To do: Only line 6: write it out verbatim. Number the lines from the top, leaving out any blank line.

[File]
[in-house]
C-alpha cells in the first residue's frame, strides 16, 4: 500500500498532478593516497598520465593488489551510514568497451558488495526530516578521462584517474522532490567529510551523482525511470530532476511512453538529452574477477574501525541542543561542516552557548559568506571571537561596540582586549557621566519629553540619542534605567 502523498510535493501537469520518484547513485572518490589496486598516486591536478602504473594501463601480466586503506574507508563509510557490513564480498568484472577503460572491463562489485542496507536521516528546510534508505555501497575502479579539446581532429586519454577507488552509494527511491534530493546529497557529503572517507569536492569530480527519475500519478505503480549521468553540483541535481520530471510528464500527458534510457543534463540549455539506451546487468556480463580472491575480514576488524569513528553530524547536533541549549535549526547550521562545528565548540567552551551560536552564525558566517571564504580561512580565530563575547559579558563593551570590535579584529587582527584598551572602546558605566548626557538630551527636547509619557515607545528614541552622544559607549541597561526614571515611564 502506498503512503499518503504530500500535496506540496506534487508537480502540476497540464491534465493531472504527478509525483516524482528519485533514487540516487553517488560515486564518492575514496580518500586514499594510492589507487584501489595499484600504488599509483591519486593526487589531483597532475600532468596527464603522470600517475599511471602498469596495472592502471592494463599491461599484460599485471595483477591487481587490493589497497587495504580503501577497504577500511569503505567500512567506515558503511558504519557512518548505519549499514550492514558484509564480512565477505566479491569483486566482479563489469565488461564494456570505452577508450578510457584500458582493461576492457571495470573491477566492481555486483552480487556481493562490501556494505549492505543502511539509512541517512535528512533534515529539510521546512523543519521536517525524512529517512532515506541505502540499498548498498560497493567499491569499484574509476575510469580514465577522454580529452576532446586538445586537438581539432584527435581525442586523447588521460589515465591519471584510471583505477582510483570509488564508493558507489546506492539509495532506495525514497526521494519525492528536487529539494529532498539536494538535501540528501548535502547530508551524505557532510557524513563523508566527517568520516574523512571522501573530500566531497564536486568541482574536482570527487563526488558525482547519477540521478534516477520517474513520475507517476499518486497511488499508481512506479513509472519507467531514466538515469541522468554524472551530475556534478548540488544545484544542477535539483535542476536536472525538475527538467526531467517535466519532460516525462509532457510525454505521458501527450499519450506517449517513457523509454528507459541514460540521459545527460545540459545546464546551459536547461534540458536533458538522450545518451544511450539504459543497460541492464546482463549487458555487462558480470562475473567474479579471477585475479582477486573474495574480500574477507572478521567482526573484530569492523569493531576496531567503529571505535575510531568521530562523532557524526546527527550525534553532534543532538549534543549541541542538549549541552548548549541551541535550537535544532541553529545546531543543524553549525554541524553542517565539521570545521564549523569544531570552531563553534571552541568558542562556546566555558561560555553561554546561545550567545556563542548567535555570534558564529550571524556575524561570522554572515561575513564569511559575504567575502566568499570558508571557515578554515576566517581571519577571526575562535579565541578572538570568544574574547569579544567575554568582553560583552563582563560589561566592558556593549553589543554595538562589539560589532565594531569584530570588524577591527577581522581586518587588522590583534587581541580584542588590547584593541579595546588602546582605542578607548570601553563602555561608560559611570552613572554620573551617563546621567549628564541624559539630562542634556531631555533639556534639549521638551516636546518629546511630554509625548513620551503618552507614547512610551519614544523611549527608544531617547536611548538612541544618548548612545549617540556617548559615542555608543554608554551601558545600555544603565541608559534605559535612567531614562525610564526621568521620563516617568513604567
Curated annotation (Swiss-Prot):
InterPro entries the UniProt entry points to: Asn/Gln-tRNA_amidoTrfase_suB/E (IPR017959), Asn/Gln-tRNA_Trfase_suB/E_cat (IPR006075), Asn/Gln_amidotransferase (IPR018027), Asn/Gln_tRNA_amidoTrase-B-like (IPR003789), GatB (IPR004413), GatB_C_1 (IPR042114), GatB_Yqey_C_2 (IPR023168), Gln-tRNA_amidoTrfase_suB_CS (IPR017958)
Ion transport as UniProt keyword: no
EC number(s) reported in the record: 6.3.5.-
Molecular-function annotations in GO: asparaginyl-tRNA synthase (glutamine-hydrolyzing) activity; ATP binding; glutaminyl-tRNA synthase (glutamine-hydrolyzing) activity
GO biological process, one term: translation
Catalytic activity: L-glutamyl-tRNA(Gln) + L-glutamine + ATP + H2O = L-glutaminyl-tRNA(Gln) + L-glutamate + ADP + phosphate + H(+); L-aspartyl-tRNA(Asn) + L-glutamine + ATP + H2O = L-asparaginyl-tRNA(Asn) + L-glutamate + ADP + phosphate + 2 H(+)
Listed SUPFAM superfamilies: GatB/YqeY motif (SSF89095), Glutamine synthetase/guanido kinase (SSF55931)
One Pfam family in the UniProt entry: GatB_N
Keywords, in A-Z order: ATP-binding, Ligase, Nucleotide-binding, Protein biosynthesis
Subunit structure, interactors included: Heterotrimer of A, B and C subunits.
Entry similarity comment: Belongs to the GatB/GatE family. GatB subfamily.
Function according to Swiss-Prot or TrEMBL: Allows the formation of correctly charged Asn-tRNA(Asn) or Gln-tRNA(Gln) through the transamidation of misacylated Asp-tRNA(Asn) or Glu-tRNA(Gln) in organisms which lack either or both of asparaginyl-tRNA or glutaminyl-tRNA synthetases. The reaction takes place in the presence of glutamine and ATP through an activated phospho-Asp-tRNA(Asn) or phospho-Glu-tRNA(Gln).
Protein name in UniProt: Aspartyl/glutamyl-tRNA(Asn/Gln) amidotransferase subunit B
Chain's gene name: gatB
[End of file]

EC number(s) reported in the record: 6.3.5.-